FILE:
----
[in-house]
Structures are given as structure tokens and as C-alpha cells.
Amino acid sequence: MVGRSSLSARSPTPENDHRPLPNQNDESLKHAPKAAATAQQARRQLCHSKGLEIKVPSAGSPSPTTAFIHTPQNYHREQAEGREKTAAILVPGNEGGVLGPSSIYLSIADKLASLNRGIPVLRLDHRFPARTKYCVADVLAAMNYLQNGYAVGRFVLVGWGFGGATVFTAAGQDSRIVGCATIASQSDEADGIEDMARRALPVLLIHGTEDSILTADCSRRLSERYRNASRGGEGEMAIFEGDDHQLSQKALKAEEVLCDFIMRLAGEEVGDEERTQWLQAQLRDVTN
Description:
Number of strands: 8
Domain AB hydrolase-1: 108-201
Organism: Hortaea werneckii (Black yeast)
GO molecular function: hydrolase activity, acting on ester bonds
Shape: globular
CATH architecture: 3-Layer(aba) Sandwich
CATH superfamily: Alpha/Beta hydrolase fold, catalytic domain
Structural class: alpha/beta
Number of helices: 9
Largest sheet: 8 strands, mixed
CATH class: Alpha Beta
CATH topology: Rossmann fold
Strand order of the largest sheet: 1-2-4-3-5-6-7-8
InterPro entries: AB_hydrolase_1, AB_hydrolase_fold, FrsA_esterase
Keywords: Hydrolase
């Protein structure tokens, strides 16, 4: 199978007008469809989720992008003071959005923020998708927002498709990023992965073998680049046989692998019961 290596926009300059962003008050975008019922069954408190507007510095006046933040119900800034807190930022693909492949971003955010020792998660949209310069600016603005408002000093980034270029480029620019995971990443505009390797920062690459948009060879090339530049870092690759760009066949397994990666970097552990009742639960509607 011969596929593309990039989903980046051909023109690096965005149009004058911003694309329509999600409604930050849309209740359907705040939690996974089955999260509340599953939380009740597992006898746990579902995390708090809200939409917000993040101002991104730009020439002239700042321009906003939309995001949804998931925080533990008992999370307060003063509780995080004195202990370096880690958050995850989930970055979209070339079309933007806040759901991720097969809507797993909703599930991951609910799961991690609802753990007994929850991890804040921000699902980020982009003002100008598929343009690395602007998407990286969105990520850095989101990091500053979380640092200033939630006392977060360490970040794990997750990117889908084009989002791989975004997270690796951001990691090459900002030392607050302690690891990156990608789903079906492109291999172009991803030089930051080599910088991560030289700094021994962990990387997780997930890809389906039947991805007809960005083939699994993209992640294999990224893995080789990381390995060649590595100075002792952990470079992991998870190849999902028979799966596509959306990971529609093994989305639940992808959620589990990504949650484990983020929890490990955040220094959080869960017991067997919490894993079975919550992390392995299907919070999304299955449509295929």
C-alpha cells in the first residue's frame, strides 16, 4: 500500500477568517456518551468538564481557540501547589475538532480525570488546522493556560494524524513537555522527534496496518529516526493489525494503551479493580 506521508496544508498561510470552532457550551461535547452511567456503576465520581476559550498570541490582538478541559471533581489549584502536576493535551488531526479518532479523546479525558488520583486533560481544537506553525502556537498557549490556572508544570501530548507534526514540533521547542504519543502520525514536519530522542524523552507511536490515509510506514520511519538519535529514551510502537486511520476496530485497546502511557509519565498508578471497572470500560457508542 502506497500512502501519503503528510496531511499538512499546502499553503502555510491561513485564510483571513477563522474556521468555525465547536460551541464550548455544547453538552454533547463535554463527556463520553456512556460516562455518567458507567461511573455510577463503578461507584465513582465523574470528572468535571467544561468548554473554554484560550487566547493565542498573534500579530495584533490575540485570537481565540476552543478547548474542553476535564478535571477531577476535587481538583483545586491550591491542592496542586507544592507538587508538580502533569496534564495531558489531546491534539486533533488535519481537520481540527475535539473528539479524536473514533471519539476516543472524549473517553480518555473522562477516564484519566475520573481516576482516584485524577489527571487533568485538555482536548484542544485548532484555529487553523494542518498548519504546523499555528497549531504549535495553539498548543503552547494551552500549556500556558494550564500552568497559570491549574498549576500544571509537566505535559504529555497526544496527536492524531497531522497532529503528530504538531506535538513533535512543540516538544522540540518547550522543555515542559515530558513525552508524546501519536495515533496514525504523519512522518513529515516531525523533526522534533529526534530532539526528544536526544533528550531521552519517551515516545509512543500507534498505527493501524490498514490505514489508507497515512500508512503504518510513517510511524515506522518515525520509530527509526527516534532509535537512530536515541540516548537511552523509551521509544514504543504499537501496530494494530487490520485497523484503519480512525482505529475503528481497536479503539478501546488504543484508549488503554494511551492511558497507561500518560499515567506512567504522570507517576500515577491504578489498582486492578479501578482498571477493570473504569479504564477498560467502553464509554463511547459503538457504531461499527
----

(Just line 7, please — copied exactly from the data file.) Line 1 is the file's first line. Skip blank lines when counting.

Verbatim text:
Organism: Hortaea werneckii (Black yeast)